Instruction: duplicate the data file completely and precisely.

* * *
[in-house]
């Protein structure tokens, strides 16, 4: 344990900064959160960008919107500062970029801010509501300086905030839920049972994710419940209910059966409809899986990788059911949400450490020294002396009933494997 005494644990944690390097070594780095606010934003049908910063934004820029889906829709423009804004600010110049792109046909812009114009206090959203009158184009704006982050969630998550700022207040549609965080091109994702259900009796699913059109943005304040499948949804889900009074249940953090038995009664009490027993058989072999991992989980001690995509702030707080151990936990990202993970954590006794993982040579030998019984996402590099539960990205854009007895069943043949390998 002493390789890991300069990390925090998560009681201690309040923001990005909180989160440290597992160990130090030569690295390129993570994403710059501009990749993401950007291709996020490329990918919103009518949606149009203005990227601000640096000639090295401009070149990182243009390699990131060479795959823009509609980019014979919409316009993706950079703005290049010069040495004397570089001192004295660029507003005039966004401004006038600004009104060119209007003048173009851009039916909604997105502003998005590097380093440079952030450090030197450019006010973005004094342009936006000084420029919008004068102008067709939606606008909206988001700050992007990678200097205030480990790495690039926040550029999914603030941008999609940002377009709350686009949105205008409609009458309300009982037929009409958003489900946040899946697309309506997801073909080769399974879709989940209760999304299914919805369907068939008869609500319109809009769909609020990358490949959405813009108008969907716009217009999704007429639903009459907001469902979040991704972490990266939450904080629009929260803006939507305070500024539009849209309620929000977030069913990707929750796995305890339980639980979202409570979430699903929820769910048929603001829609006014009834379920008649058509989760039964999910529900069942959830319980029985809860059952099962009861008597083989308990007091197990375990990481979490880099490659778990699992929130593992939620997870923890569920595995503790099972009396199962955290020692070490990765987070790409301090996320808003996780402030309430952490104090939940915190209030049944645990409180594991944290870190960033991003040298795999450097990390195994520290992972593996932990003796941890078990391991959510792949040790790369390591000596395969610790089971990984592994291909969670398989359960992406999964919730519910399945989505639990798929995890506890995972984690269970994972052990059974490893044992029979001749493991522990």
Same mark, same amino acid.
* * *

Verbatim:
[in-house]
């Protein structure tokens, strides 16, 4: 344990900064959160960008919107500062970029801010509501300086905030839920049972994710419940209910059966409809899986990788059911949400450490020294002396009933494997 005494644990944690390097070594780095606010934003049908910063934004820029889906829709423009804004600010110049792109046909812009114009206090959203009158184009704006982050969630998550700022207040549609965080091109994702259900009796699913059109943005304040499948949804889900009074249940953090038995009664009490027993058989072999991992989980001690995509702030707080151990936990990202993970954590006794993982040579030998019984996402590099539960990205854009007895069943043949390998 002493390789890991300069990390925090998560009681201690309040923001990005909180989160440290597992160990130090030569690295390129993570994403710059501009990749993401950007291709996020490329990918919103009518949606149009203005990227601000640096000639090295401009070149990182243009390699990131060479795959823009509609980019014979919409316009993706950079703005290049010069040495004397570089001192004295660029507003005039966004401004006038600004009104060119209007003048173009851009039916909604997105502003998005590097380093440079952030450090030197450019006010973005004094342009936006000084420029919008004068102008067709939606606008909206988001700050992007990678200097205030480990790495690039926040550029999914603030941008999609940002377009709350686009949105205008409609009458309300009982037929009409958003489900946040899946697309309506997801073909080769399974879709989940209760999304299914919805369907068939008869609500319109809009769909609020990358490949959405813009108008969907716009217009999704007429639903009459907001469902979040991704972490990266939450904080629009929260803006939507305070500024539009849209309620929000977030069913990707929750796995305890339980639980979202409570979430699903929820769910048929603001829609006014009834379920008649058509989760039964999910529900069942959830319980029985809860059952099962009861008597083989308990007091197990375990990481979490880099490659778990699992929130593992939620997870923890569920595995503790099972009396199962955290020692070490990765987070790409301090996320808003996780402030309430952490104090939940915190209030049944645990409180594991944290870190960033991003040298795999450097990390195994520290992972593996932990003796941890078990391991959510792949040790790369390591000596395969610790089971990984592994291909969670398989359960992406999964919730519910399945989505639990798929995890506890995972984690269970994972052990059974490893044992029979001749493991522990």
Same mark, same amino acid.